Dr. Kosova presents at IADMS

Family Podiatry Center Dr. Lawrence Kosova in the Media

kosova poster iadms pic (1)Doctor Kosova attended the International Association of Dance Medicine and Science’s (IADMS) annual meeting and presented his experience with Regenerative Amniotic Growth Factor.  The IADMS features a multitude of dancers from high school age to national level acts and performers.

Grade 2 ankle sprains are a common injury dancers face. an acronym often used for treatment for these types of injuries is “RICE “(Rest, Ice, Compression, Elevation)

I recently discussed the use of Amniotic Regenerative medicine in treating dance injuries and it’s benefits to a room full of dancers, physicians, and therapists. There was a feeling of excitement in the air when I disclosed that patients who had sustained dance related injuries, requiring months of rehabilitation, were finding themselves back onto the dance floor within 1-3 weeks of starting treatment.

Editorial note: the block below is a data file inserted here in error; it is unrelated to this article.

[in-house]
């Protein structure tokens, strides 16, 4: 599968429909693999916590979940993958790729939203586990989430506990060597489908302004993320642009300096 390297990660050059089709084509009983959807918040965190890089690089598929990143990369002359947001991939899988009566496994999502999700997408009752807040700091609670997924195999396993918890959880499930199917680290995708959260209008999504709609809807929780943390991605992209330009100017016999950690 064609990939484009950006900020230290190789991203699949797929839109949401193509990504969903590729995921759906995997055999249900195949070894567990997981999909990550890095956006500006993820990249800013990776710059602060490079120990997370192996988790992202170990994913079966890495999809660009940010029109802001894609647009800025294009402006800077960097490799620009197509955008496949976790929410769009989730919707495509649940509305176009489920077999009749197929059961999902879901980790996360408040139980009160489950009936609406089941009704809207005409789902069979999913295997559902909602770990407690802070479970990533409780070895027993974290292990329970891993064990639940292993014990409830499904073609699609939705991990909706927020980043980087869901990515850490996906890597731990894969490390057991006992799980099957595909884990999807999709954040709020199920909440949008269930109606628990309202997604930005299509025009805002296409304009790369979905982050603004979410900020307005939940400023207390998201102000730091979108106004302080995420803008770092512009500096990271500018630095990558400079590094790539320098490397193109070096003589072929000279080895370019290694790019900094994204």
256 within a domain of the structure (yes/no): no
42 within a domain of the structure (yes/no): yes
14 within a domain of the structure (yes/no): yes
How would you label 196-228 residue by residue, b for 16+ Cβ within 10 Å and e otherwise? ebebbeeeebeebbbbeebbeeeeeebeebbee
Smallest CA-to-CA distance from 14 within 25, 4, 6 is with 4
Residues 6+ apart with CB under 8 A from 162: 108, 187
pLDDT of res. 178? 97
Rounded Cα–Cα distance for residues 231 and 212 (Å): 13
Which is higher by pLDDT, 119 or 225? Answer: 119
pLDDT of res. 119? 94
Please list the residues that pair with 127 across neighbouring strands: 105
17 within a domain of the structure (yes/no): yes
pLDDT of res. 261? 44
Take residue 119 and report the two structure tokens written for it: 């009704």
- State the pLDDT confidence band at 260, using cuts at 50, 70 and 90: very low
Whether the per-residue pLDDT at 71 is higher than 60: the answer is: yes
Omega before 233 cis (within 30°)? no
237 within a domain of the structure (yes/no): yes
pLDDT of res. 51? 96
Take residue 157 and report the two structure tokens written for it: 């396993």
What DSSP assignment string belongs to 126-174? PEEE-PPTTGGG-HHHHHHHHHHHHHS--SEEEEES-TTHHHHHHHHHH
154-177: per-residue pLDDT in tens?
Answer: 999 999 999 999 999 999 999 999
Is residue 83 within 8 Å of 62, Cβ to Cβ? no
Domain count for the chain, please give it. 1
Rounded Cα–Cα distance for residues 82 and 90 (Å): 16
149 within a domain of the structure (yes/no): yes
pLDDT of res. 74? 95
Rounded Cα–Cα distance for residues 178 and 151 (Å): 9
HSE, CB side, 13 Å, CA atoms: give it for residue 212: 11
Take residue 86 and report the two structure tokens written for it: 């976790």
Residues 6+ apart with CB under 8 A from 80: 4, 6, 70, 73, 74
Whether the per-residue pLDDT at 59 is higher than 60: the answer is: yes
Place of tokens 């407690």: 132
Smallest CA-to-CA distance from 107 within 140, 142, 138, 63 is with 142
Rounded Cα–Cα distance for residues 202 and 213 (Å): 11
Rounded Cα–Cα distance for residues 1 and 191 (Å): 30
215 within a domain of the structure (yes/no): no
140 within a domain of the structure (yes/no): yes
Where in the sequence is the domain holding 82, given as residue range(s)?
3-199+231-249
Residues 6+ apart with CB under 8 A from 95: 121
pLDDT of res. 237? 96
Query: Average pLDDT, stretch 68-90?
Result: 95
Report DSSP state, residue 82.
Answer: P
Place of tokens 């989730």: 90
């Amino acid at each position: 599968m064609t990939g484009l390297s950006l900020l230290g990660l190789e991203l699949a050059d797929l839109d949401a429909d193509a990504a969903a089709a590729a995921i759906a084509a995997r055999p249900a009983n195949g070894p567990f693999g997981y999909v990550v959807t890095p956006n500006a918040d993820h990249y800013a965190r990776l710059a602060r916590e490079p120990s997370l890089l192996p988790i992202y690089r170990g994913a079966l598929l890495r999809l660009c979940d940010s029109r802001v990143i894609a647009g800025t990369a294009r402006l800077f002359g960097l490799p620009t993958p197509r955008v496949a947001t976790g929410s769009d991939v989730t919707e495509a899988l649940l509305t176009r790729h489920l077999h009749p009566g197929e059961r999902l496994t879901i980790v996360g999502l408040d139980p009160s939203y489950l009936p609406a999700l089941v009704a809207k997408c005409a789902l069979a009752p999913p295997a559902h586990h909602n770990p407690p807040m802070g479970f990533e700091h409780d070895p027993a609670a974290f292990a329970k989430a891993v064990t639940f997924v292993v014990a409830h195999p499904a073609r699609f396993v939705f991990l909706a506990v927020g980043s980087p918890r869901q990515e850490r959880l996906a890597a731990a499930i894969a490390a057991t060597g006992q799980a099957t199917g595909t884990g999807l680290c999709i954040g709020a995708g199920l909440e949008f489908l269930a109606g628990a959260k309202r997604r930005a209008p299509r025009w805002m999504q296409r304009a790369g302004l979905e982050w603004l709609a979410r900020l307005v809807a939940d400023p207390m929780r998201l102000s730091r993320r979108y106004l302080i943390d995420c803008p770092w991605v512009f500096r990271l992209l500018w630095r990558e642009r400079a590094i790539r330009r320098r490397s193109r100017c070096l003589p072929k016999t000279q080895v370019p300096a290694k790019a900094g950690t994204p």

How does it work?

  • Patients were injected with needle guidance using amniotic growth factor into their painful sites. Common among them was the Abductor Hallucis muscle belly, Flexor Hallucis tendon, Sesamoids under first metatarsal, lateral ankle ligaments and Posterior Tibial Tendon.
  • Patients were reassessed weekly and used a walking boot for a week or longer depending on their condition.
  • Patients took pain medicine as needed.


  • The pathology was identified utilizing diagnostic ultrasound.
  • Patients were injected using needle guidance with 20-40 mg of micronized dHACM mixed with Lidocaine 1% plain in a 5cc syringe.
  • Common among all patients was the quick reduction of pain and swelling.
  • Pain medicine was discontinued since it was not needed and occasional icing proved to be more beneficial. Pain to the ligaments was nearly resolved within 1-3 weeks.
  • Specific locations, like the interosseous tissue swelling that would commonly be seen with grade 2 ankle sprains appeared to reduce more quickly with the use of dHACM.


  • Injection of micronized dHACM allograft was effective in reducing pain and swelling, and allowed the dancers to return to performing sooner than expected.